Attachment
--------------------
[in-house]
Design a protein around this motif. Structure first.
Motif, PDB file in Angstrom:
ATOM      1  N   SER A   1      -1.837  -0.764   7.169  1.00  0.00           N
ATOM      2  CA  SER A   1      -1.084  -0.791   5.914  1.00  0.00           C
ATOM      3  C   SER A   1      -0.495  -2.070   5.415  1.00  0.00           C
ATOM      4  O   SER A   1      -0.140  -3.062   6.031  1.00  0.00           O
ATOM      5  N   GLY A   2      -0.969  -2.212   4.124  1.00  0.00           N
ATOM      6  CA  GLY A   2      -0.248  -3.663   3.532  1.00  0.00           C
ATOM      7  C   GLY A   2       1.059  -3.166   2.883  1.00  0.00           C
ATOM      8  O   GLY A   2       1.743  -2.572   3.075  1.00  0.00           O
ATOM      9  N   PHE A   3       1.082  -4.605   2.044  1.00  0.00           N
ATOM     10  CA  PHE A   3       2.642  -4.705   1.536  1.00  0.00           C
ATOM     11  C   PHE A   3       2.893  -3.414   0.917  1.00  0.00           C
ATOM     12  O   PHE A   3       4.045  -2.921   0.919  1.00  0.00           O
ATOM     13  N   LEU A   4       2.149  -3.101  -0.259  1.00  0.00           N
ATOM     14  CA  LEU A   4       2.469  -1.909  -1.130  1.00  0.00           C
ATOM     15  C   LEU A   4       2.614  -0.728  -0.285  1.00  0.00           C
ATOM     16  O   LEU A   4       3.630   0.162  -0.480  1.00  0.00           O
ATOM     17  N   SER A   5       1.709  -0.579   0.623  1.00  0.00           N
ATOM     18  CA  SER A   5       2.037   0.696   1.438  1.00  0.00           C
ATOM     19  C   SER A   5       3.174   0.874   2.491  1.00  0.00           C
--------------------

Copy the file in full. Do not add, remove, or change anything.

[in-house]
Design a protein around this motif. Structure first.
Motif, PDB file in Angstrom:
ATOM      1  N   SER A   1      -1.837  -0.764   7.169  1.00  0.00           N
ATOM      2  CA  SER A   1      -1.084  -0.791   5.914  1.00  0.00           C
ATOM      3  C   SER A   1      -0.495  -2.070   5.415  1.00  0.00           C
ATOM      4  O   SER A   1      -0.140  -3.062   6.031  1.00  0.00           O
ATOM      5  N   GLY A   2      -0.969  -2.212   4.124  1.00  0.00           N
ATOM      6  CA  GLY A   2      -0.248  -3.663   3.532  1.00  0.00           C
ATOM      7  C   GLY A   2       1.059  -3.166   2.883  1.00  0.00           C
ATOM      8  O   GLY A   2       1.743  -2.572   3.075  1.00  0.00           O
ATOM      9  N   PHE A   3       1.082  -4.605   2.044  1.00  0.00           N
ATOM     10  CA  PHE A   3       2.642  -4.705   1.536  1.00  0.00           C
ATOM     11  C   PHE A   3       2.893  -3.414   0.917  1.00  0.00           C
ATOM     12  O   PHE A   3       4.045  -2.921   0.919  1.00  0.00           O
ATOM     13  N   LEU A   4       2.149  -3.101  -0.259  1.00  0.00           N
ATOM     14  CA  LEU A   4       2.469  -1.909  -1.130  1.00  0.00           C
ATOM     15  C   LEU A   4       2.614  -0.728  -0.285  1.00  0.00           C
ATOM     16  O   LEU A   4       3.630   0.162  -0.480  1.00  0.00           O
ATOM     17  N   SER A   5       1.709  -0.579   0.623  1.00  0.00           N
ATOM     18  CA  SER A   5       2.037   0.696   1.438  1.00  0.00           C
ATOM     19  C   SER A   5       3.174   0.874   2.491  1.00  0.00           C